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Former Transportation Secretary, San Jose Mayor Norman Mineta dies at 90

Former Transportation Secretary, San Jose Mayor Norman Mineta dies at 90 03:06

SAN JOSE – Norman Y. Mineta, former Secretary of Transportation, member of Congress and Mayor of San Jose, died Tuesday at the age of 90.

Mineta's former chief of staff told The Washington Post, who first reported the story, that Mineta died at his home in Maryland due to a heart ailment.

Born in 1931 in San Jose, Mineta and his family were among 120,000 Japanese Americans who were forced into internment camps during World War II.

Following the war, he returned to San Jose, graduated UC Berkeley and served in the Army as an intelligence officer.

In 1971, Mineta was elected mayor of San Jose, the first Asian American to lead a major U.S. city after serving four years on the City Council.

Three years later, he was elected to the first of 10 terms in Congress. His accomplishments included chairing the House Transportation Committee and championing legislation offering a formal apology and compensation to Japanese Americans who were in internment camps.

Grace Kurbota Ybarra, a friend of Mineta, told KPIX 5 that she first met him when they were both interned at Heart Mountain, Wyoming after the attack on Pearl Harbor, and then later on in law school.

Kurbota Ybarra said his work to get redress money and an apology for all Japanese Americans has elevated him to special status in the community.

"We have always felt that the redress was an important part of just saying as a country, our country — we lived by the Constitution. That's what we believed in — but they had said 'we apologize' and that meant more than anything else. And Norman helped us do that," Kurbota Ybarra told KPIX 5.

"He was always, for lack of a better word, humble," she went on to say. "If he walked into a room - you wouldn't know that he sat with the presidents of this country."

Mineta also served as Secretary of Commerce during the closing days of President Bill Clinton's administration. After George W. Bush won the 2000 presidential election, Mineta became the lone Democrat on the Republican's cabinet, serving as Secretary of Transportation.

In 2001, San Jose International Airport was renamed after Mineta.

During his tenure as Transportation Secretary, Mineta led the department in its response to the terror attacks of September 11, 2001, issuing an unprecedented order to ground all flights in U.S. airspace. In the months after, Mineta helped lead the creation of the Transportation Security Administration.

From former presidents, to local lawmakers, tributes have poured in for Mineta upon news of his passing.

Former President Bill Clinton called Mineta an "extraordinary public servant."

"I will always be proud to have nominated him as Secretary of Commerce, making him the first Asian American Cabinet member in our nation's history. I'm grateful for his fine service and his friendship, and glad President George W. Bush kept him on, giving him the chance to again make history as America's longest serving Transportation Secretary," Clinton said.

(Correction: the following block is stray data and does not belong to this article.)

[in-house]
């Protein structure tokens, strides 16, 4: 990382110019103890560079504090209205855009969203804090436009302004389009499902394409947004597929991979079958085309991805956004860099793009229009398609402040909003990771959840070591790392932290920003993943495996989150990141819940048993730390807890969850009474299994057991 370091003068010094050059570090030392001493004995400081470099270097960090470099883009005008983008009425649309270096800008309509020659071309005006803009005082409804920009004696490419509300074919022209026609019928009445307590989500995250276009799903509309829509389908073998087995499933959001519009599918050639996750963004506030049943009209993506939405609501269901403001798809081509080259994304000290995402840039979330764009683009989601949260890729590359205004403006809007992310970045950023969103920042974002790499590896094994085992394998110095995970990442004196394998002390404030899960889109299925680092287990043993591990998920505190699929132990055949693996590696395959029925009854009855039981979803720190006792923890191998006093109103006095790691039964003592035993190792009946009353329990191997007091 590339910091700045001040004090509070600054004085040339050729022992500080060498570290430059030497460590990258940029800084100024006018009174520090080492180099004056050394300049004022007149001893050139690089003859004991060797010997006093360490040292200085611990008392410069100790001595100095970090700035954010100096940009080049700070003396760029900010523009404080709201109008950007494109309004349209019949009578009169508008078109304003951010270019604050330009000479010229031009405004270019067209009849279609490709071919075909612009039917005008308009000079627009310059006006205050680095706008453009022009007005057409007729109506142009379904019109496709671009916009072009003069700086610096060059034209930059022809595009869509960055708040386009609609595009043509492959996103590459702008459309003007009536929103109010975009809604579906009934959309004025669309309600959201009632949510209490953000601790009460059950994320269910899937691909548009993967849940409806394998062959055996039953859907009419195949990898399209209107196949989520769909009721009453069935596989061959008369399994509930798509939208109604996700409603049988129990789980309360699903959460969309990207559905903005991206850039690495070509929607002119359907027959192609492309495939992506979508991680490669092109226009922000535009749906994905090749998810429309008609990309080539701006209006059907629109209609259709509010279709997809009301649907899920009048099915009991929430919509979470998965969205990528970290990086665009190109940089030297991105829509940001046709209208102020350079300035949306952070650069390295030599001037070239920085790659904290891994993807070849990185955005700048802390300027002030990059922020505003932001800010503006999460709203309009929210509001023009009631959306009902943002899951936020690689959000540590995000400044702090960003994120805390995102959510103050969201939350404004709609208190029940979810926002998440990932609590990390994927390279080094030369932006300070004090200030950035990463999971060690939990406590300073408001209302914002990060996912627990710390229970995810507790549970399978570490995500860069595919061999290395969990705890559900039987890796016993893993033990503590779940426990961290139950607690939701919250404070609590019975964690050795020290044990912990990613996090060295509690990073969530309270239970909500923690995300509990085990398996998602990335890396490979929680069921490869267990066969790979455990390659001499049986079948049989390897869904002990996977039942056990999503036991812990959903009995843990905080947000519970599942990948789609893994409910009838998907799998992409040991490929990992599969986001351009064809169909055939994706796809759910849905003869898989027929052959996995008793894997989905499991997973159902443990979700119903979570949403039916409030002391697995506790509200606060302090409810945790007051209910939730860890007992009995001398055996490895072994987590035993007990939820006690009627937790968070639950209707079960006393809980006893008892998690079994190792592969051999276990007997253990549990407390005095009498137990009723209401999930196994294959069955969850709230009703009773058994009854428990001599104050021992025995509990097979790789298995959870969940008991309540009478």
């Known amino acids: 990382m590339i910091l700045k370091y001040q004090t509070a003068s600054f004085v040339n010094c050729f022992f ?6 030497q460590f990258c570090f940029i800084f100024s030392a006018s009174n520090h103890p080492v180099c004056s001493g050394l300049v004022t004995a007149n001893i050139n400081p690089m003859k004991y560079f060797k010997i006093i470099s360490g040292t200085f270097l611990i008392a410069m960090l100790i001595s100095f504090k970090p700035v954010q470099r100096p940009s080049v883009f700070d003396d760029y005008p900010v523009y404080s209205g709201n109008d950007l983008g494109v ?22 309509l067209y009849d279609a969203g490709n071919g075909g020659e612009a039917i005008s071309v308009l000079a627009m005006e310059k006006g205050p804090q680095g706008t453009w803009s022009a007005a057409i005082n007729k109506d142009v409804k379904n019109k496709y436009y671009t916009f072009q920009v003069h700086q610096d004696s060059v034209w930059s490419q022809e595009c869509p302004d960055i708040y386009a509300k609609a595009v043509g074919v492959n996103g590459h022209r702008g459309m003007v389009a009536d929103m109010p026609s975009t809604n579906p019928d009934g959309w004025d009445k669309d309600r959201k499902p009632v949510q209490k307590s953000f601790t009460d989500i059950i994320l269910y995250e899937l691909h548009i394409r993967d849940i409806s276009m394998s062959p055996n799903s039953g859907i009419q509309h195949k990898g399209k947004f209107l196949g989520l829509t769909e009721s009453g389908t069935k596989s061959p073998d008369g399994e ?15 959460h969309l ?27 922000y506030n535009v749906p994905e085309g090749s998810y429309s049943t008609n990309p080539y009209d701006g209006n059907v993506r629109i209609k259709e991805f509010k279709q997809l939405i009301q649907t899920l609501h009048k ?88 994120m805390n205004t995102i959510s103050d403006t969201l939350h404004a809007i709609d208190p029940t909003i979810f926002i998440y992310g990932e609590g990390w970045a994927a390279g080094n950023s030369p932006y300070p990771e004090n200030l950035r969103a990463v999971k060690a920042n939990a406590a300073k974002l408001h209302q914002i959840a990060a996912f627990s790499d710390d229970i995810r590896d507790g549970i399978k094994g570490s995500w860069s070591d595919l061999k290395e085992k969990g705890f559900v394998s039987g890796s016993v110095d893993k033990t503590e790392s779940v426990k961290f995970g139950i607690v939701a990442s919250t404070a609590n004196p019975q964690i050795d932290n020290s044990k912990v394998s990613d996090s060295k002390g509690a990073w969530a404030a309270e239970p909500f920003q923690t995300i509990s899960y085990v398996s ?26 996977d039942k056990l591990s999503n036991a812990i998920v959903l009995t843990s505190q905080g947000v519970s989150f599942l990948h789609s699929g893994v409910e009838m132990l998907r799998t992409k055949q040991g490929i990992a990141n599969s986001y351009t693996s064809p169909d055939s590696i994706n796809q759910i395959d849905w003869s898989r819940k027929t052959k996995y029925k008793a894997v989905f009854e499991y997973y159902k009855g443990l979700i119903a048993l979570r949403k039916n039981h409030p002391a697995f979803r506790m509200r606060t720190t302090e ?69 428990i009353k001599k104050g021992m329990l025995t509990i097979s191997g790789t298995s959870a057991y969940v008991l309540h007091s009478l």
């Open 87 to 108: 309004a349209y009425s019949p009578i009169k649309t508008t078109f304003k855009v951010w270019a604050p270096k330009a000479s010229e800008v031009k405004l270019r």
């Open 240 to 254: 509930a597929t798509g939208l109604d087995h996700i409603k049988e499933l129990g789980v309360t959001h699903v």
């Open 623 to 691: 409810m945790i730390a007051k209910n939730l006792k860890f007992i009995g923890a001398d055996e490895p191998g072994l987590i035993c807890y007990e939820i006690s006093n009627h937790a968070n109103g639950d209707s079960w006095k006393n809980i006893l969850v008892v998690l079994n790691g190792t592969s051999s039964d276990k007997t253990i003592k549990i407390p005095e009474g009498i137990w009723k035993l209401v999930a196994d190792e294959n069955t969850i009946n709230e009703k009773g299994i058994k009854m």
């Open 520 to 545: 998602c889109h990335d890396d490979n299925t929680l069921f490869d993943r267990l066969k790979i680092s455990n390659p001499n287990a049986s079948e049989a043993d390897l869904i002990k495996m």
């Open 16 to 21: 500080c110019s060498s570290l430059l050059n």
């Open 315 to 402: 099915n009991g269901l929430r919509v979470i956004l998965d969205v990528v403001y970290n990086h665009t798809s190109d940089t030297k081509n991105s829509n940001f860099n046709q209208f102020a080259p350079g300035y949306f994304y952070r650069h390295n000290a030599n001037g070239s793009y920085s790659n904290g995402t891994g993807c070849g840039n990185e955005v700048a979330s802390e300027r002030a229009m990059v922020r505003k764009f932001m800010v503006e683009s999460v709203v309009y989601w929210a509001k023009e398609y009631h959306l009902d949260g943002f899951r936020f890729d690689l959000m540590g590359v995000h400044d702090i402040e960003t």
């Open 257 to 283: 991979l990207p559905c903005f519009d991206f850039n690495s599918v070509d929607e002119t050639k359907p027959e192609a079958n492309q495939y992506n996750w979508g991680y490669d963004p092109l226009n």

Former President George W. Bush said, "Norm's is a wonderful American story about someone who overcame hardship and prejudice to serve in the United States Army, Congress, and the Cabinet of two Presidents."

"As my Secretary of Transportation, he showed great leadership in helping prevent further attacks on and after 9/11," Bush went on to say. "As I said when presenting him with the Presidential Medal of Freedom, Norm has given his country a lifetime of service, and he's given his fellow citizens an example of leadership, devotion to duty, and personal character."

"His experience, expertise and his devotion to our country will be deeply missed," said Sen. Dianne Feinstein. "California and our country lost a true statesman today. My heart goes out to his family and loved ones during this difficult time."

Rep. Ro Khanna, who represents the South Bay in Congress, called Mineta one of his personal heroes.

"As the first Asian American Cabinet official, he was a trailblazer and his counsel and mentorship on transportation issues is something I'll always cherish," Khanna said.

Gov. Gavin Newsom said California and the nation had lost "an inspiring trailblazer and champion."

"A first-generation Japanese American, Secretary Mineta not only made our country safer following the 9/11 attacks, he brought us closer together through his vital work strengthening transit and highways," Newsom said.

Sam Liccardo, San Jose's current mayor, was a former intern of Mineta in his congressional office in Washington.

"San José has lost a great champion, and I have lost a deeply admired mentor," Liccardo said. "Like so many of those fortunate to have worked with Norm, I learned enormously from his calm leadership style, his deadpan humor, and his sincere love for public service."

"Norm's legacy is one steadfast defense of our civil liberties, and defense of our nation in the perilous hours of 9/11," Liccardo went on to say. "Whenever Norm was asked about his incredible career, which took him to our nation's highest offices, he never forgot where he was from: "My favorite title," he'd often tell people, "was always 'Mr. Mayor.'"

"San Jose's favorite son has left us and I'm crushed," Assemblymember Ash Kalra (D-San Jose) said in a tweet noting his passing.

State Sen. Dave Cortese (D-San Jose) also expressed his condolences.

"Secretary Mineta embodied what it means to be a public servant and was an inspiration to countless leaders, including myself," Cortese said.

According to the Post, Mineta is survived by his wife, Danealia Brantner, two sons from his first marriage, two stepsons and 11 grandchildren.

Andria Borba contributed reporting.


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